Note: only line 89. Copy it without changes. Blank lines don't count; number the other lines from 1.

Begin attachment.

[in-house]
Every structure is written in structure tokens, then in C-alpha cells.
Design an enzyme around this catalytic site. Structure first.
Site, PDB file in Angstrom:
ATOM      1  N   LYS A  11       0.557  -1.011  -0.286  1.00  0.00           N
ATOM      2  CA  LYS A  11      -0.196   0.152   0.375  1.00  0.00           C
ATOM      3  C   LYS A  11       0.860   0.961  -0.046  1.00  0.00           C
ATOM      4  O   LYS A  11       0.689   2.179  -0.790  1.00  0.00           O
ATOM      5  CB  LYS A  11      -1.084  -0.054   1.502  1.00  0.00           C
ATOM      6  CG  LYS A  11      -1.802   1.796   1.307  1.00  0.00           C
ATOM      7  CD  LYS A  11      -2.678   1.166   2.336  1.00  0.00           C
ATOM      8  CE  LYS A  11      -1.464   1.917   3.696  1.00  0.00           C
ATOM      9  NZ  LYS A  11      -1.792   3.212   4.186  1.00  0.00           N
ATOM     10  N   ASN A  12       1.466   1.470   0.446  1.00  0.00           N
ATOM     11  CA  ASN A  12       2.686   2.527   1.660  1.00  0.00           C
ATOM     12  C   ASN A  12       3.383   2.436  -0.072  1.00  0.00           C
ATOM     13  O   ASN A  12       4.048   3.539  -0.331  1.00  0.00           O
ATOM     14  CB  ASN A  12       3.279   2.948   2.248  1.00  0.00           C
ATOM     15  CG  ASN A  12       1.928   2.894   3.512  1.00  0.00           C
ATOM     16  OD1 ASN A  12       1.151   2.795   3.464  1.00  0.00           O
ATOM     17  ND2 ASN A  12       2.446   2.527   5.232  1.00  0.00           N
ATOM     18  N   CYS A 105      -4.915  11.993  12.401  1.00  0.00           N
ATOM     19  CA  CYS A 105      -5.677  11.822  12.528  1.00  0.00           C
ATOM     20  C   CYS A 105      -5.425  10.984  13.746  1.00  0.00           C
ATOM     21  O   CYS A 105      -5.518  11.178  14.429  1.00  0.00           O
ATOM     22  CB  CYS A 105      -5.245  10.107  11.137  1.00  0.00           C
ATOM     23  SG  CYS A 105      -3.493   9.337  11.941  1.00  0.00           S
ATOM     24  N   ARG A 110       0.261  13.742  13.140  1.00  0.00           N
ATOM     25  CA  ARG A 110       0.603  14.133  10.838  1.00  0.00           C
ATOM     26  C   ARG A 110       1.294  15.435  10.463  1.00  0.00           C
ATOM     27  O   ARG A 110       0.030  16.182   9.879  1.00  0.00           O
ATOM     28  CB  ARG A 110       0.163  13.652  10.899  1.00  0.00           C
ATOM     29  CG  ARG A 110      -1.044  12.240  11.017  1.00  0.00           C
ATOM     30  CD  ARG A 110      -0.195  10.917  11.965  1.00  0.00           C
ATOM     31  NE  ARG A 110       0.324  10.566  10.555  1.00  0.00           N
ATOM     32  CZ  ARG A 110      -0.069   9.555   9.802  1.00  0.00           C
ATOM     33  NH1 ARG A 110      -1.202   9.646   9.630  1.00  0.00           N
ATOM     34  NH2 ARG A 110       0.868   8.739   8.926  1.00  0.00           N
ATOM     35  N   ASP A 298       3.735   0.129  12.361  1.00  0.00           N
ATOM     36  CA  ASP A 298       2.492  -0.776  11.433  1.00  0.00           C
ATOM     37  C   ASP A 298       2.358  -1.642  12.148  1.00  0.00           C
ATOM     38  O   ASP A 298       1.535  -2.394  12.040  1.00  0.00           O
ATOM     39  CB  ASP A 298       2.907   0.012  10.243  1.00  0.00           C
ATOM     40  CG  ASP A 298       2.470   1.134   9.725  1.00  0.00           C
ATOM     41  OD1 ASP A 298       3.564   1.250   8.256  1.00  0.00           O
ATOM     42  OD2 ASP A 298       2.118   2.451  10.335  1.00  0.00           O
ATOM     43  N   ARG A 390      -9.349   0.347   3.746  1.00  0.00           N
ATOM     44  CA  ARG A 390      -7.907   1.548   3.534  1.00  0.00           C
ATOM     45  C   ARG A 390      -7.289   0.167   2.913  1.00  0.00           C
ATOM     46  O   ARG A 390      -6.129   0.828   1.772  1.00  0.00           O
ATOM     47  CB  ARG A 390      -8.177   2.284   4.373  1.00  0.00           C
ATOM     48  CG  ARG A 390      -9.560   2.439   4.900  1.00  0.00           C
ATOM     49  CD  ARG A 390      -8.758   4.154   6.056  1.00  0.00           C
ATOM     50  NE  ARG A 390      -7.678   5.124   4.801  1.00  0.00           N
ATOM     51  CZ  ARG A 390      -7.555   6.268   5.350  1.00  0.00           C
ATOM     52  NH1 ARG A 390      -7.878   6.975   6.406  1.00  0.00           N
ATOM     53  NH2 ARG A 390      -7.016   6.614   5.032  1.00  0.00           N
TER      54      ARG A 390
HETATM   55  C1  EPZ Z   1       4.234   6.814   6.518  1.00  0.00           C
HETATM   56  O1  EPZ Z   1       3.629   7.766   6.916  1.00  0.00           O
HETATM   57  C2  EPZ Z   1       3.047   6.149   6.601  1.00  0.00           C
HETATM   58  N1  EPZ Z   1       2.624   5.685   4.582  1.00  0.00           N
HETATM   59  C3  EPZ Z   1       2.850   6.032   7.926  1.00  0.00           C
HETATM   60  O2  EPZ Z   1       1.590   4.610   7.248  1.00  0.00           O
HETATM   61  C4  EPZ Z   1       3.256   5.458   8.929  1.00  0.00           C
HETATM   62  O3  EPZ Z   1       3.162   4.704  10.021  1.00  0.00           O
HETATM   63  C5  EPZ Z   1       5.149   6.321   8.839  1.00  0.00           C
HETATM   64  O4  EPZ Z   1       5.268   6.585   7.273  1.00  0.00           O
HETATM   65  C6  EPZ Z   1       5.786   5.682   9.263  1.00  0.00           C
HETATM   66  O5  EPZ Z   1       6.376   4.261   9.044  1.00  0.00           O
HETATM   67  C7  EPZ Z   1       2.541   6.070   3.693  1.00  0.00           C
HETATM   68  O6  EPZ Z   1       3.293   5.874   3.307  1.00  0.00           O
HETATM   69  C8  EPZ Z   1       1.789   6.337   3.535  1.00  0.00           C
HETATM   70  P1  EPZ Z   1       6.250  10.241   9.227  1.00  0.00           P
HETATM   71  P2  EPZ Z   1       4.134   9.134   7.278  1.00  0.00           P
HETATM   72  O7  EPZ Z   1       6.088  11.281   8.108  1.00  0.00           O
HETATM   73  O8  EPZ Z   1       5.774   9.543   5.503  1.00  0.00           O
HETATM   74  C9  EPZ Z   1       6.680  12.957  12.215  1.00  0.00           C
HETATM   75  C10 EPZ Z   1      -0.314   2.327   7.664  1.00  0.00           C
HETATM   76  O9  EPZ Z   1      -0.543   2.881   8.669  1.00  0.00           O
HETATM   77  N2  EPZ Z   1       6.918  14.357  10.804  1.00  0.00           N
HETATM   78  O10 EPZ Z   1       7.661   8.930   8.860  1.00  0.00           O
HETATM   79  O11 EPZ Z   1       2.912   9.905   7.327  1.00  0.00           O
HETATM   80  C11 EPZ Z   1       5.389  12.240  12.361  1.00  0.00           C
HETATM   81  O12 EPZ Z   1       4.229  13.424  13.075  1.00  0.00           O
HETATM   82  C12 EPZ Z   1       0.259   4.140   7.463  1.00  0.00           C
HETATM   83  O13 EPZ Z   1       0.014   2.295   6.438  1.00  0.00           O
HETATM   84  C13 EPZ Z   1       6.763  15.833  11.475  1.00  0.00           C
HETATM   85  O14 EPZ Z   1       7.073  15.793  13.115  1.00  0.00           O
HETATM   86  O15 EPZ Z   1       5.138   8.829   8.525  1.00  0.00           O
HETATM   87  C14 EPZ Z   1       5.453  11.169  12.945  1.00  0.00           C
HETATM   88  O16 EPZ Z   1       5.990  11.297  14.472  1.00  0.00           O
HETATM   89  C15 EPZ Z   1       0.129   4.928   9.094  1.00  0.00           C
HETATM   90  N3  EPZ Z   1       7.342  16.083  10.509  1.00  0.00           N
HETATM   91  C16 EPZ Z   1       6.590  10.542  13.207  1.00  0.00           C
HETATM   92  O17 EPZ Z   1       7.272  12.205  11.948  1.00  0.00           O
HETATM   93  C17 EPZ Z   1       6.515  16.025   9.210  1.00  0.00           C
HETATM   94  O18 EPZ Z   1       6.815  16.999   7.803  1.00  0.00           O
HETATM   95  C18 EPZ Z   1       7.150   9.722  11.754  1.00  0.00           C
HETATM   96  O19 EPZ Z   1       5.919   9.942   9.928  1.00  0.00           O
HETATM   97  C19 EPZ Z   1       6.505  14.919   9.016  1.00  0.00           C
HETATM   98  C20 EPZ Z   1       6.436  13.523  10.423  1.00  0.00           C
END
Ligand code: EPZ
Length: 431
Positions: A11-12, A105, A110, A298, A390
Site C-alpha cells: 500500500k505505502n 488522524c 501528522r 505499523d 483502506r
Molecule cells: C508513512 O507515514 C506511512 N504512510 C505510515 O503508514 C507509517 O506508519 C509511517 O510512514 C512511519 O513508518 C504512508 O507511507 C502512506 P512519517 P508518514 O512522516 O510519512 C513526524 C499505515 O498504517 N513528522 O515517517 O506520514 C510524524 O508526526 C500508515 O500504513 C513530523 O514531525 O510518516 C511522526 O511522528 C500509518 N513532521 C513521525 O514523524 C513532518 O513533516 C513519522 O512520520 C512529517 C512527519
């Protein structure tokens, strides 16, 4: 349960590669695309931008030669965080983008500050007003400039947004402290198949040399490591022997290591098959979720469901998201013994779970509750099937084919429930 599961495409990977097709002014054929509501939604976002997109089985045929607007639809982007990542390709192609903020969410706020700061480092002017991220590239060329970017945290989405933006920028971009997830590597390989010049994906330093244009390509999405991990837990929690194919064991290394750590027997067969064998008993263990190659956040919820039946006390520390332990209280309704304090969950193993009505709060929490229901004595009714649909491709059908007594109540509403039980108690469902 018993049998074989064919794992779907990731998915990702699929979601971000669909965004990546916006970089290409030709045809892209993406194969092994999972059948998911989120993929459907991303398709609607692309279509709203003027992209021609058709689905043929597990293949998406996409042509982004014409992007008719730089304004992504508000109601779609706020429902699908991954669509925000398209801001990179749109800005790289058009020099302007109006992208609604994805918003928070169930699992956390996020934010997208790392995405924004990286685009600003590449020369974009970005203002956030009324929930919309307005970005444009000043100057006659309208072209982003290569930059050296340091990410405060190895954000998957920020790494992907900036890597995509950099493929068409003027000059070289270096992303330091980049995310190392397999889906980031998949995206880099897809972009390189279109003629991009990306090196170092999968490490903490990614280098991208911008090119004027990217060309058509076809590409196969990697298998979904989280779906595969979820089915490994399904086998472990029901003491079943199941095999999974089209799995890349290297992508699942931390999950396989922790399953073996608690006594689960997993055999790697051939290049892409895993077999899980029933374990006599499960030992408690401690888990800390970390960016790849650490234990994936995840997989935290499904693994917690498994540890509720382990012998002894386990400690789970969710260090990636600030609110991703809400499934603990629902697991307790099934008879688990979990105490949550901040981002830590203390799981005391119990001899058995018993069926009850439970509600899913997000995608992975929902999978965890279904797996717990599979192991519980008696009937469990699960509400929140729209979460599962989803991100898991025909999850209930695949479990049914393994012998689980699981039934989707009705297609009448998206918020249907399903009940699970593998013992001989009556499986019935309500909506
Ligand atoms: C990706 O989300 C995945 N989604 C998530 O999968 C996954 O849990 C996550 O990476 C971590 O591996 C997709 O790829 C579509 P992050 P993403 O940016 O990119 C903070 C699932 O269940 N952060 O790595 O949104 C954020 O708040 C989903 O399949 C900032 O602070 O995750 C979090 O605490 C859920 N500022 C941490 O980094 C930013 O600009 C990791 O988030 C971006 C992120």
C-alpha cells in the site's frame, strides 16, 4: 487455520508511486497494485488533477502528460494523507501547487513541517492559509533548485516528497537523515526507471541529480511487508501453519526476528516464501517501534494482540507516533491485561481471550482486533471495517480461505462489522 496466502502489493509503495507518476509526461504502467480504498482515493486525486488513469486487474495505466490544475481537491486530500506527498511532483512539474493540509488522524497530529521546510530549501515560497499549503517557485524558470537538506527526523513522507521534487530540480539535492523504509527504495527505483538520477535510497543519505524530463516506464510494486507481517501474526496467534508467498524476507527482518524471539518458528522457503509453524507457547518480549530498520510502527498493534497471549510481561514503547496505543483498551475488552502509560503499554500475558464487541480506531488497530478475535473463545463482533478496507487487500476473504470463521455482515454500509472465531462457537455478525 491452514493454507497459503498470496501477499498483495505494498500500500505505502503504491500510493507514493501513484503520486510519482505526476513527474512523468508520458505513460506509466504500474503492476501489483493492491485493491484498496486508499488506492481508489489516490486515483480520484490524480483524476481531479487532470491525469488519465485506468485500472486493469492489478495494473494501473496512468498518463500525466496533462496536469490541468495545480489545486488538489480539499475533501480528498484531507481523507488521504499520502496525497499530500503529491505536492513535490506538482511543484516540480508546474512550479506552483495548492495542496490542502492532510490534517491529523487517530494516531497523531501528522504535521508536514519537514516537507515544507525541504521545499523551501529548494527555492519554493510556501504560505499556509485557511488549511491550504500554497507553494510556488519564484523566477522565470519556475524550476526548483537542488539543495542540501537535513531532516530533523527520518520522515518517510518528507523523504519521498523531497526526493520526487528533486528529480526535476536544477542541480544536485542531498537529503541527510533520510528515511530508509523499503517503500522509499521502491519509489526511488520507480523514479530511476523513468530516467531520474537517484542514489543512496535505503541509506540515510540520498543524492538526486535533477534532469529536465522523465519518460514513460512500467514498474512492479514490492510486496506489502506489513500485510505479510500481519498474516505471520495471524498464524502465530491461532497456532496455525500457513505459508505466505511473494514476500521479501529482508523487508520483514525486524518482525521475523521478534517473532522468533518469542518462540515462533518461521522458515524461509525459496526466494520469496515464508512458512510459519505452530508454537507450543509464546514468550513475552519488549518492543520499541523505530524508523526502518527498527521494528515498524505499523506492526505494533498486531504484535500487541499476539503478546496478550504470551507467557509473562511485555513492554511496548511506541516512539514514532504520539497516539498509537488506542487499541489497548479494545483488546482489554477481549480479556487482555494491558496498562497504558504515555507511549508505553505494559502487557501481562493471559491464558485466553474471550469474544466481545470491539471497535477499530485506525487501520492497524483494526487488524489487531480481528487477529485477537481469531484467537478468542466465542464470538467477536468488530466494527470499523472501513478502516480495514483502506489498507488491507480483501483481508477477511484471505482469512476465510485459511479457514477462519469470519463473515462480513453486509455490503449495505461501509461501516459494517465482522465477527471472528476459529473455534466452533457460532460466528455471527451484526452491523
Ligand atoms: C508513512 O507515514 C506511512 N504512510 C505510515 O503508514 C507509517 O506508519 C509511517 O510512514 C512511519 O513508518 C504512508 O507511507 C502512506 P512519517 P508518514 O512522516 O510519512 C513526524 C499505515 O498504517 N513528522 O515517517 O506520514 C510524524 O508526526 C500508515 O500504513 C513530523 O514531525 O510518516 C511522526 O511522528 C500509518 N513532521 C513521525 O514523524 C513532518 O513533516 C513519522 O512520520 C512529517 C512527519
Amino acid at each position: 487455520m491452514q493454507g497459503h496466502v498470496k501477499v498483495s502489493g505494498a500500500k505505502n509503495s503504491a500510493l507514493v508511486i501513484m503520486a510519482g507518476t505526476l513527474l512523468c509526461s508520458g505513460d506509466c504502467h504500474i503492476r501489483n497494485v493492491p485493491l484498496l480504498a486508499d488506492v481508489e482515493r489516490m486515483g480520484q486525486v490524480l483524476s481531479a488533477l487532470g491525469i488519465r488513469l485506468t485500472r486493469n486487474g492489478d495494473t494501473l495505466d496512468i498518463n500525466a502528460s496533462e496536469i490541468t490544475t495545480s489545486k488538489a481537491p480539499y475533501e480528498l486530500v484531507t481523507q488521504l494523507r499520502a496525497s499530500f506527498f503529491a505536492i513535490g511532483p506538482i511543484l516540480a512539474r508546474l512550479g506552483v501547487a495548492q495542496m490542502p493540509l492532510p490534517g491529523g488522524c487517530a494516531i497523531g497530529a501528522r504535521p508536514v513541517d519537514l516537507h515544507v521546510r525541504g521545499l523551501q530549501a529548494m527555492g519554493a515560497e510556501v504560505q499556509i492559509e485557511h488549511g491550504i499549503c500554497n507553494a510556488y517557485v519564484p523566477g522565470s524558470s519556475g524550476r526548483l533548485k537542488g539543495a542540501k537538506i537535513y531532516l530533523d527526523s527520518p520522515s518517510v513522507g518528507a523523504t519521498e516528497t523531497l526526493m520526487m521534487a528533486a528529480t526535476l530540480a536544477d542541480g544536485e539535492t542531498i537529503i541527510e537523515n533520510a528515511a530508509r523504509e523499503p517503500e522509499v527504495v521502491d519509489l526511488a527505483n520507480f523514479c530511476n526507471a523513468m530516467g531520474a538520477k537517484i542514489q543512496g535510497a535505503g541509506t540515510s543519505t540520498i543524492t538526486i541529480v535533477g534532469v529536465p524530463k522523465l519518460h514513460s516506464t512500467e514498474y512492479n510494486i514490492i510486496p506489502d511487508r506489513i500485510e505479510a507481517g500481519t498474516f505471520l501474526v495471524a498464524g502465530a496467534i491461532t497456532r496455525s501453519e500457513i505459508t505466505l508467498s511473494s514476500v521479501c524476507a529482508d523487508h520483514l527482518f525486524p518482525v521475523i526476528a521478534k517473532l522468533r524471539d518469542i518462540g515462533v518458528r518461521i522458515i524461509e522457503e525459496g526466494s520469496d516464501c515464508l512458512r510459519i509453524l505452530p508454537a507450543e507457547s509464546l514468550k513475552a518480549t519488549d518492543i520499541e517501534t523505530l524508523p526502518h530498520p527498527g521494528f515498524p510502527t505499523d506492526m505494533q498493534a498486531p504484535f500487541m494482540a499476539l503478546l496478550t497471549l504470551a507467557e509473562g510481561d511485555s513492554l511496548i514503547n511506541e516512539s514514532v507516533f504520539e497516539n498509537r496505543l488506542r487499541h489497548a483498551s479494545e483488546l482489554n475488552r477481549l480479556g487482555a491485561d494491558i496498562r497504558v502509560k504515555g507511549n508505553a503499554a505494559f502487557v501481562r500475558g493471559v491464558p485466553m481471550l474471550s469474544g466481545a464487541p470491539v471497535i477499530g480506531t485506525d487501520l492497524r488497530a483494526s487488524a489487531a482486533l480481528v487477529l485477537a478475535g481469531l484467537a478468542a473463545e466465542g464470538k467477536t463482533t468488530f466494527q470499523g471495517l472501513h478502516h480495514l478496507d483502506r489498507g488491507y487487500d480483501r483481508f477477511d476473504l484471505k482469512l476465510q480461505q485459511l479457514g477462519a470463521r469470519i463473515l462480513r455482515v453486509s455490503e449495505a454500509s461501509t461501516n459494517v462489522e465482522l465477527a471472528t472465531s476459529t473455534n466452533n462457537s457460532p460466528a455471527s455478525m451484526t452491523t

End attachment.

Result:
HETATM   85  O14 EPZ Z   1       7.073  15.793  13.115  1.00  0.00           O